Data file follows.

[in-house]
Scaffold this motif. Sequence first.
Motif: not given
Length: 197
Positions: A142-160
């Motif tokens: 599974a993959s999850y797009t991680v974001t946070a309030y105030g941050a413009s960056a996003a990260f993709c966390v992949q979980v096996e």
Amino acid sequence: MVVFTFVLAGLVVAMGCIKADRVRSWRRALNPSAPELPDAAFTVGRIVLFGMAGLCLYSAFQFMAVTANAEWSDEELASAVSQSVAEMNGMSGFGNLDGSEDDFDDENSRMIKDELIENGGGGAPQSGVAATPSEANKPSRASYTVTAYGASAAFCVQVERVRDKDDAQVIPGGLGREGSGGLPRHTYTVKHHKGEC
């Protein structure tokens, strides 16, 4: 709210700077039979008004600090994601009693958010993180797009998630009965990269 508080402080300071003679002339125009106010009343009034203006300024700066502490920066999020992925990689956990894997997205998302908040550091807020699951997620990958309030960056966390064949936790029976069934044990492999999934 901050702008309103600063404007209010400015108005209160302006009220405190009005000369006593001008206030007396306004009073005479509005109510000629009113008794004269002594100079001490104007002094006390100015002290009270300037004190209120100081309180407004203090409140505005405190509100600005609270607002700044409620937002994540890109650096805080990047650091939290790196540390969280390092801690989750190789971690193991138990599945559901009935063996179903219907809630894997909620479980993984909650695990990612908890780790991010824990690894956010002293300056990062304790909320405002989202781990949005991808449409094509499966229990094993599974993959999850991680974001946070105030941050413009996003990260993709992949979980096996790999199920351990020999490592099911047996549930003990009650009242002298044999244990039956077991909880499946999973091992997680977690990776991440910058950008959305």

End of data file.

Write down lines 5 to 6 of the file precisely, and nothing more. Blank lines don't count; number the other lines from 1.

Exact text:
Positions: A142-160
């Motif tokens: 599974a993959s999850y797009t991680v974001t946070a309030y105030g941050a413009s960056a996003a990260f993709c966390v992949q979980v096996e």